The ultimate credit card concierge test: 3 cards, $300 and 1 night in NYC
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As consumer trends evolve, so, too, do the perks on your credit card.
For years, many premium credit cards have offered concierge services that could lock down dinner reservations, secure sought-after event tickets and much, much more. But as technology platforms become more fully self-service, the personalized one-to-one assistance that cardholders may have once taken advantage of is changing — for better or worse.
Take The Platinum Card® from American Express, for instance. In August 2021, Amex eliminated the ability to email the Platinum card concierge, forcing cardholders to contact them by phone only. However, there apparently remains a market for concierge services, as several major card networks and issuers continue to offer them on a complimentary basis to select cardholders.
We put three of these services — Amex, Mastercard and Visa — to the test for one night out in New York City to see if they are worth your time and the effort it takes to use them.
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What are credit card concierges and which cards offer them?
Historically, concierge service has been one of the more intriguing (and arcane) perks offered by premium credit cards. Credit card concierges are basically customer service representatives that cardholders can contact to help with day-to-day tasks and needs, such as making restaurant reservations, locating an item they want to purchase as a gift, planning travel, and even tracking down lost items, such as a piece of clothing you left in a hotel room.
These concierge services have typically only been associated with higher-end cards, such as the Amex Platinum. But you might have access to concierge services with another card and not even know it.
For instance, if you have the Chase Sapphire Reserve or the U.S. Bank Altitude Reserve Visa Infinite® Card, you may have noticed that they carry Visa Infinite branding, unlocking access to the Visa Infinite Concierge.
Many World Elite Mastercards also come with concierge service — including some with no annual fee. For instance, the Chase Freedom Flex, a no-annual-fee card, is a World Elite Mastercard, meaning that even these cardholders can access a live concierge agent.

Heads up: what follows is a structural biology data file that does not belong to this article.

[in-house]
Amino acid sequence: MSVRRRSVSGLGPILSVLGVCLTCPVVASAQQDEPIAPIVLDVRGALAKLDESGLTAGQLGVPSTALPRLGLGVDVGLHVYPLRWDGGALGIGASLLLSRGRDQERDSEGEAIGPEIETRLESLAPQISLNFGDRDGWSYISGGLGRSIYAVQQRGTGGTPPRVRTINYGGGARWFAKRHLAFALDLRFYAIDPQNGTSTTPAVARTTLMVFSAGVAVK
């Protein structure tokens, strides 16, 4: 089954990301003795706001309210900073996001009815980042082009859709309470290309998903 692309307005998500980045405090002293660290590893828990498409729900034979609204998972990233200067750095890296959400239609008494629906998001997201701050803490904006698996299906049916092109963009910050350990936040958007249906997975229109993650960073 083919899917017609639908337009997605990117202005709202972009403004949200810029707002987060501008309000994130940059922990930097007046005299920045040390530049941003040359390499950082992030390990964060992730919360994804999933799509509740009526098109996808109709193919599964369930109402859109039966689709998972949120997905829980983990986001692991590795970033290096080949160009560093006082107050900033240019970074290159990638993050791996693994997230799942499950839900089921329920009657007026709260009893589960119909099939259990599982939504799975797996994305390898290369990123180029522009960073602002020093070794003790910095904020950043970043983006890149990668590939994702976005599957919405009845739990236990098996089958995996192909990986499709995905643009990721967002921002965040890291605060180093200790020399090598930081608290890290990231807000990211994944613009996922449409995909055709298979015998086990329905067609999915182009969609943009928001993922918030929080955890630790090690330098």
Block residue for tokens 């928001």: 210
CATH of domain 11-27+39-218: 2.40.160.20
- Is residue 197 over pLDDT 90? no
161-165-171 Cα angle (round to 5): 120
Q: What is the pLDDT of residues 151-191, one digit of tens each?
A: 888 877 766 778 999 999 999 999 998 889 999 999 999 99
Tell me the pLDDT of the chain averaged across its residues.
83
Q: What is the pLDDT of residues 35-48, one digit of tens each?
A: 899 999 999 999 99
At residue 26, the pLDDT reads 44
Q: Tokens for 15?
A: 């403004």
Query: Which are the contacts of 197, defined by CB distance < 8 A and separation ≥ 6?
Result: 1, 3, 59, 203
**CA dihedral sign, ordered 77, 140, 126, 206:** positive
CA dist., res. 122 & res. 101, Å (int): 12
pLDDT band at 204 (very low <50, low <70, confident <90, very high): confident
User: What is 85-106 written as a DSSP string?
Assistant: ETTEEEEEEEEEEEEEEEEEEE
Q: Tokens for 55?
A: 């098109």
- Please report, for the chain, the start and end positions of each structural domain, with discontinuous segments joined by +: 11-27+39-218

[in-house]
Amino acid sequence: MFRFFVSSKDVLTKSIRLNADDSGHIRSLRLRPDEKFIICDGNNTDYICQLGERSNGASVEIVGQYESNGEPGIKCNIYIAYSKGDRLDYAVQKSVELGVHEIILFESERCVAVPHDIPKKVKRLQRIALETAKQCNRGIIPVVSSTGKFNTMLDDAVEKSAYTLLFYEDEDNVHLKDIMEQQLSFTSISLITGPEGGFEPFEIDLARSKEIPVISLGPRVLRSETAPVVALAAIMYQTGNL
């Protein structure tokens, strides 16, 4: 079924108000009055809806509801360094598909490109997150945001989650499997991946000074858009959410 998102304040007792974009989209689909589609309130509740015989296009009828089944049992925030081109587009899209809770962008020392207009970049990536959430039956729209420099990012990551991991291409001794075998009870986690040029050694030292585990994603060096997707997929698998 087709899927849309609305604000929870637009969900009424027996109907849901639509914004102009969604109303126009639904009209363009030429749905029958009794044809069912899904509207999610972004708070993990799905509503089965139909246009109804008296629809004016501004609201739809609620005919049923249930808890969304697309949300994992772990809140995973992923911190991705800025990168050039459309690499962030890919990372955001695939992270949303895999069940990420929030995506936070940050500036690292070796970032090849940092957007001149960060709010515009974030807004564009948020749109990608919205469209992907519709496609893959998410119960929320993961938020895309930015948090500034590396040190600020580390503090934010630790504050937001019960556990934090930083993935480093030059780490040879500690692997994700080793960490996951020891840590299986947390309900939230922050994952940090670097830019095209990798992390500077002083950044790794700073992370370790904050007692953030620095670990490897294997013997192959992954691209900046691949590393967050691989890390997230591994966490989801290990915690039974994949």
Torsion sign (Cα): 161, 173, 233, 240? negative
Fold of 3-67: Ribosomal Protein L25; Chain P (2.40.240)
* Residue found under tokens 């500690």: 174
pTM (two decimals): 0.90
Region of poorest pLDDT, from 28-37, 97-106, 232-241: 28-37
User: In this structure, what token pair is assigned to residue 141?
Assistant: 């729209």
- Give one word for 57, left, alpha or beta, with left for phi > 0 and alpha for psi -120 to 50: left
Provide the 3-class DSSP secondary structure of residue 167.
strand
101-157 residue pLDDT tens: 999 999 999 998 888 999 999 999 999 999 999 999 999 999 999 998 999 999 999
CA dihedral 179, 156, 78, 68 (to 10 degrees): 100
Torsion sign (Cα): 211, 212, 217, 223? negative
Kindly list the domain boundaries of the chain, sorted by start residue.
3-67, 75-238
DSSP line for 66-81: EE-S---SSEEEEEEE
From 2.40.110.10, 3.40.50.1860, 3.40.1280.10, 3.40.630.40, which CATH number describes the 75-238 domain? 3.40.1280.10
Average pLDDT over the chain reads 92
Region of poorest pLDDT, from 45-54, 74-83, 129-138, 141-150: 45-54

Helpful hint: If you’re not sure which type of card you have, simply take a look at the back of your card or check out your card’s guide to benefits and that should tell you its designation.
The ultimate concierge test
Concierge service isn’t exactly a quantifiable benefit, so it’s hard to know how useful or valuable it actually is. That’s why we came up with a test.
We wanted to see how the Amex, Visa Infinite and World Elite Mastercard concierges stacked up by asking them to help us plan the ultimate one-night experience in New York City. Three TPG staffers each contacted their respective concierges to help them with their requests. Our total budget? $300 per person for the entire night. Here were the deliverables:
- One ticket to a sold-out Dua Lipa concert at Madison Square Garden.
- One last-minute dinner reservation to Cote, a Michelin star-rated Korean restaurant.
- One fanny pack accessory for the concert.
While these requests might seem fairly simple, our limited budget created some serious constraints that tested the abilities of our concierges (if we could even reach them, that is).
Additionally, the Dua Lipa concert was already sold out to the public and Cote reservations aren’t easy to come by. Here’s how it all turned out.
Amex vs. Visa vs. Mastercard
Here’s how our initial outreach went, then read on to find out the specifics on where we went and what we spent.
Visa Infinite concierge
— Benji Stawski, senior reporter
I used to be a frequent user of the American Express concierge, but with hold times lengthening, and email requests no longer being an option, I’ve been leaning more on the Visa Infinite Concierge, which I have access to through my Chase Sapphire Reserve.
I submitted my request via an email to email@example.com on a Friday afternoon. Two days later, on Sunday evening, I received a detailed response, including a specially prepared report with three ticket options, availability for the restaurant I originally requested, three backup dining recommendations as well as three fanny pack options.
The email, as well as the attachment, were tailored specifically to my needs and didn’t feel scripted.
When listing the fanny pack options, the concierge listed the full price including taxes and fees, the estimated delivery time and the link to purchase the product.